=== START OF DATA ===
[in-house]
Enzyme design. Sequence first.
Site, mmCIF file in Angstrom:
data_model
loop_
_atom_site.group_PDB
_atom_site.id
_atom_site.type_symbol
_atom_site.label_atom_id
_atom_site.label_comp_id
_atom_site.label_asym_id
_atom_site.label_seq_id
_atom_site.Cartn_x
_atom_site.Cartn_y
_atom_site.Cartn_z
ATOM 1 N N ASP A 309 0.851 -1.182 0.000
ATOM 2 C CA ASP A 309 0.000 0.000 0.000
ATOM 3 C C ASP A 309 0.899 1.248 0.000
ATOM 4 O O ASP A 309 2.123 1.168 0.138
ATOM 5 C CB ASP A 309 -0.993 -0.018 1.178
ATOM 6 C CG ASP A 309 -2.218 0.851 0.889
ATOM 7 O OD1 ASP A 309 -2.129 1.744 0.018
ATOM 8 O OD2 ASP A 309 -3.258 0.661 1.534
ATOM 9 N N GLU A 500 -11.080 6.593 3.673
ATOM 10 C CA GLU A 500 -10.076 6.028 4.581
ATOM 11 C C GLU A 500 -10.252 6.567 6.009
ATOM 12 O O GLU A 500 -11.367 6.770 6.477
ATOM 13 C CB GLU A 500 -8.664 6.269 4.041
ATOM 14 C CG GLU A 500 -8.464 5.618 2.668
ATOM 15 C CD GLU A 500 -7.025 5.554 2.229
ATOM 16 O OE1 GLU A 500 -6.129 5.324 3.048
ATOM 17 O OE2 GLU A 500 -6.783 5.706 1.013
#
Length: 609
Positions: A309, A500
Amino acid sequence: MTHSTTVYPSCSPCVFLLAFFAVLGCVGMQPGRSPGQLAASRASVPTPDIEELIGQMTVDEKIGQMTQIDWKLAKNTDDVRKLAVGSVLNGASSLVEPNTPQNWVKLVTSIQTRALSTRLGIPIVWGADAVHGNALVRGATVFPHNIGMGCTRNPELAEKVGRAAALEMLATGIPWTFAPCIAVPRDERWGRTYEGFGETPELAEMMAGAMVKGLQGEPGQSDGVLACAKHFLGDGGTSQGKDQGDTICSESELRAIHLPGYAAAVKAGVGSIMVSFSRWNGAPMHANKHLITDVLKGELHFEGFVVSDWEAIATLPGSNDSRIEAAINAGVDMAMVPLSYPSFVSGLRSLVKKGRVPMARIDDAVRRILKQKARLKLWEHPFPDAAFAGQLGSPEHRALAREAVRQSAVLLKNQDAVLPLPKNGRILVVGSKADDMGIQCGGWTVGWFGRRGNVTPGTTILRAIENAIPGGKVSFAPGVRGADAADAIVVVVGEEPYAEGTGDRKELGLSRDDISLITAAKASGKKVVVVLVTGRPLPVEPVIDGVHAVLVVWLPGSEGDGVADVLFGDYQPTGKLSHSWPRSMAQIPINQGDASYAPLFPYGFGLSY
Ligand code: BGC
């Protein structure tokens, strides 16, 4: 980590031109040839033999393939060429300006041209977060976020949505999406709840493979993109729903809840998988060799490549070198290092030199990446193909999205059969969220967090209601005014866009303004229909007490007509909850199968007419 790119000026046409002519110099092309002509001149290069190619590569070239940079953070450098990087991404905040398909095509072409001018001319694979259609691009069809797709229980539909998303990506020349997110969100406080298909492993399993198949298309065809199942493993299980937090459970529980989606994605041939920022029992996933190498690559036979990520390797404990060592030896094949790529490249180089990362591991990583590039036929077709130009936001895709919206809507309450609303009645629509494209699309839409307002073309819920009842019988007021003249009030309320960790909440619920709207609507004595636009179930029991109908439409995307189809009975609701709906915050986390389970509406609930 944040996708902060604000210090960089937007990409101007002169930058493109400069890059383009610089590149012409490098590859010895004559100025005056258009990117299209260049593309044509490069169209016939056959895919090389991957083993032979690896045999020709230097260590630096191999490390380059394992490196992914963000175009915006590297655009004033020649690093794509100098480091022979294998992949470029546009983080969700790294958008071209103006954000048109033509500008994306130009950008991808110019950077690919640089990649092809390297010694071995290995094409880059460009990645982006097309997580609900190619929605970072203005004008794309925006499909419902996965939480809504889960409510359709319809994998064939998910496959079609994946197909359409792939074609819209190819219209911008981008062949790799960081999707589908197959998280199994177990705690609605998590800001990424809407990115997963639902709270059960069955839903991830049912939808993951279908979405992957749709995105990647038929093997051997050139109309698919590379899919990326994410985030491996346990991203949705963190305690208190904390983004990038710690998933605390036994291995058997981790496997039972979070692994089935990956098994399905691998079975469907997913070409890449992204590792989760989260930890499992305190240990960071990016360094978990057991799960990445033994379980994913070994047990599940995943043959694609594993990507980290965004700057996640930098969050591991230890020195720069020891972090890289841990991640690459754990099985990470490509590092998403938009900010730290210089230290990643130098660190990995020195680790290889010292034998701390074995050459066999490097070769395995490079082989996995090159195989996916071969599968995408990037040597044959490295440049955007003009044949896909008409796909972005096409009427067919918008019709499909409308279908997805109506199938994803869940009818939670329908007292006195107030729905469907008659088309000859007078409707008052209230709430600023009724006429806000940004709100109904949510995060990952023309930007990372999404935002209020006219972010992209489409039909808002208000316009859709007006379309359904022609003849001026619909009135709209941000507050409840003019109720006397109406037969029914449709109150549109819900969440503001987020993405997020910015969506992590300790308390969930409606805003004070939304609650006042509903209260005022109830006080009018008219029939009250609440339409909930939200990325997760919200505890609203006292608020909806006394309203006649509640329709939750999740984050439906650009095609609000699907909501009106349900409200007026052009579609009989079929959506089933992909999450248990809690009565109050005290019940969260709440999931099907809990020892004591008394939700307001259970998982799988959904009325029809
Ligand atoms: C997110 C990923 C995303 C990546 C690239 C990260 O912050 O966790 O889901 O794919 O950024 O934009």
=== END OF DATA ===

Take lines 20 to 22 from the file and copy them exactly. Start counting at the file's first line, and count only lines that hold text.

ATOM 5 C CB ASP A 309 -0.993 -0.018 1.178
ATOM 6 C CG ASP A 309 -2.218 0.851 0.889
ATOM 7 O OD1 ASP A 309 -2.129 1.744 0.018